Mayo Clinic News Network

News Resources

Welcome to the Mayo Clinic News Network

You are currently viewing a preview of the Mayo Clinic News Network.
To gain full access to the latest news stories and assets, please sign up or log in.

September 1st, 2015 · Leave a Comment

Legionnaires’ disease: What you need to know

By Vivien Williams Vivien Williams

Legionnaires' disease has surfaced in Illinois, California and areas of New York and Pennsylvania. The disease is caused by a type of bacterium called Legionella, which can be found in fresh water. Symptoms include severe pneumonia and, in some cases, theThis image depicts a large grouping of Gram-negative Legionella pneumophila bacteria. infection can be deadly. Should you worry about it? Mayo Clinic infectious diseases specialist Dr. Pritish Tosh says, "While Legionnaires' disease can be a very serious infection, the general population should not panic about the recent outbreaks. Legionnaires' disease is usually not a problem when concentrations are low. Unless you've been directly exposed to it, you're really not at risk." He says the infection is not spread from person to person. Instead, you get it by inhaling the bacteria that's been aerosolized.

Treatment for Legionnaires' disease includes antibiotics. Fast treatment is key in order to avoid serious and potentially deadly complications.

Journalists: Sound bites are available in the downloads. [TRT 1:34]  Click here for the transcript.

View full entry · Comment on this

Tags: Dr Pritish Tosh, infectious diseases, Legionnaire's disease, pneumonia


September 1st, 2015 · Leave a Comment

Mayo Clinic PathWays September 1: What’s the Diagnosis?

By April Josselyn April Josselyn

Mayo Medical Labs Pathways bannner

This week's Mayo Clinic PathWays case study is LIVE
View the case and make your diagnosis.

Learn more about Mayo Clinic PathWays in this news release.

View full entry · Comment on this

Tags: Mayo Clinic PathWays, Mayo Medical Laboratories, pathology


September 1st, 2015 · 1 Comment

Mayo Clinic and Hootsuite introduce new health care social media training program

By Rhoda Madson Rhoda Madson

Certificate program to offer best practices on using social media tools effectively

VANCOUVER, BRITISH COLUMBIA, and BRISBANE, AUSTRALIA  — Hootsuite, the most widely used platform for managing social media, and the Mayo Clinic Center for Social Media (MCCSM) today announced an industry-leading social media credential for medical and health care professionals. This joint initiative is being launched at the first-international Healthcare and Social Media Summit presented by Mayo Clinic in Brisbane, Australia, Sept. 1-2.

Social media has become a vital communications tool in the health care industry. More than 40 percent of consumers say that information on social media affects the way they deal with their health, and another 41 percent of people said social media would affect their choice of doctor, hospital or medical facility. The training program developed by Hootsuite and Mayo Clinic will teach medical and health care communications professionals how to effectively use social media technologies within the health care industry.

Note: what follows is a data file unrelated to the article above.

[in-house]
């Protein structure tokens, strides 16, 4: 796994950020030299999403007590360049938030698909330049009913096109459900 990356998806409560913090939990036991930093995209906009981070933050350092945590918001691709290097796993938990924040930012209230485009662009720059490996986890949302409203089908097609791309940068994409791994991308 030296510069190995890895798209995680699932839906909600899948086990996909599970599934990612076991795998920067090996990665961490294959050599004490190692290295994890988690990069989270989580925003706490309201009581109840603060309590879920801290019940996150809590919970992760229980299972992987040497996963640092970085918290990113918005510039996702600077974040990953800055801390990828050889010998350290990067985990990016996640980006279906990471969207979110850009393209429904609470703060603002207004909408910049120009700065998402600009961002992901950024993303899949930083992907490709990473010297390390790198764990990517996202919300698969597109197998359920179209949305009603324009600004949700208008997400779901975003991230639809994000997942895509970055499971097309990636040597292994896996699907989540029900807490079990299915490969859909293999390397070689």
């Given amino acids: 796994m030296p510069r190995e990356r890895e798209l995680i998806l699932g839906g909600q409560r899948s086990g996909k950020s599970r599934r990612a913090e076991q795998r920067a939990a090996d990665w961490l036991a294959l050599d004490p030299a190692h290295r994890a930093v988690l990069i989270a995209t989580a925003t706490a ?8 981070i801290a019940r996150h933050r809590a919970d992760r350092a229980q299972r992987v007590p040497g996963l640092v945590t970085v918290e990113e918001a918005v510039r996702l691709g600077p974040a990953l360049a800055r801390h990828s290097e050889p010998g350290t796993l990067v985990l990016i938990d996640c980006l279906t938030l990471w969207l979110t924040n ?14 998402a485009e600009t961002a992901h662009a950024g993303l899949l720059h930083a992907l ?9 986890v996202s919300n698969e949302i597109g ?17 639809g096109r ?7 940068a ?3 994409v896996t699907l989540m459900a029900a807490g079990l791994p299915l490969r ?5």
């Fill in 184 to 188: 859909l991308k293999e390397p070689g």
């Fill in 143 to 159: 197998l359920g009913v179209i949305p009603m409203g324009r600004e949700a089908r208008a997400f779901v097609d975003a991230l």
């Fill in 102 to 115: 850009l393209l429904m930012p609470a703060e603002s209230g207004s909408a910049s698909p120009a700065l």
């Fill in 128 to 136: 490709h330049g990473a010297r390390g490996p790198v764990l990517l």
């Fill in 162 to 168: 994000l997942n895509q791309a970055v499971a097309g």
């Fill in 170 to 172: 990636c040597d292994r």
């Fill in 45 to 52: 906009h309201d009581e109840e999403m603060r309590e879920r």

“It’s important for physicians and other health care professionals to understand how online social networks matter to them,” says Farris Timimi, M.D., a Mayo Clinic cardiologist and medical director for the MCCSM. “Even if they’re not yet active online — or maybe even particularly if they’re not involved — what others say about them affects their practices.”

Media Contacts:
Julie Huang, @juliewh11, Hootsuite Corporate Communications media@hootsuite.com
Rhoda Madson, Mayo Clinic Public Affairs, 507-284-5005, 
newsbureau@mayo.edu Read the rest of this entry »

View full entry · Comment on this

Tags: Dr Farris Timimi, Health Care Social Media, Hootsuite, Lee Aase, Mayo Clinic Center for Social Media, Minnesota news release, News Release


September 1st, 2015 · Leave a Comment

Mayo Clinic, University of North Florida to host 11th annual Upbeat Pink: A Musical Tribute to Breast Cancer Survivorship

By Paul Scotti Paul Scotti

pink ribbon with sign that says breast cancer awarenessJACKSONVILLE, Fla. – Mayo Clinic and the University of North Florida (UNF) are honoring National Breast Cancer Awareness Month in October by hosting the 11th annual “Upbeat Pink: A Musical Tribute to Breast Cancer Survivorship” concert on Friday, Oct. 9 at 7:30 p.m. in Lazzara Performance Hall, UNF Fine Arts Building on the university’s campus in Jacksonville. The Upbeat Pink concert is free and open to the public.

The theme for this year’s program, “The Wild West Through TV and Movies”, showcases the UNF Wind Symphony, which will be conducted by Gordon Brock, D.M.A.

Guest speakers will include Stephanie Hines, M.D. from Mayo Clinic’s Florida campus and Patricia Dunbar-Norris, a breast cancer survivor.

MEDIA CONTACT: Paul Scotti, Mayo Clinic Public Affairs, 507-284-5005, newsbureau@mayo.edu Read the rest of this entry »

View full entry · Comment on this

Tags: Breast Cancer, Donna Foundation, Florida News Release, Gordon Brock, Mayo Clinic, News Release, UNF Wind Symphony, University of North Florida, Upbeat Pink, 262 with Donna


September 1st, 2015 · Leave a Comment

Mayo Clinic Q and A: Toenail fungus often difficult to eliminate completely

By lizatorborg lizatorborg

DEAR MAYO CLINIC: What causes toenail fungus, and what can be done to treat it? Is it contagious?

ANSWER:
Toenail fungus is an infection that’s usually caused by a microscopic organism called dermatophyte fungus. These infections can be contagious, and they are often difficult to eliminate completely. Fortunately, for most healthy adults toenail fungus doesn’t pose any serious health risks.medical illustration of toenail fungal infection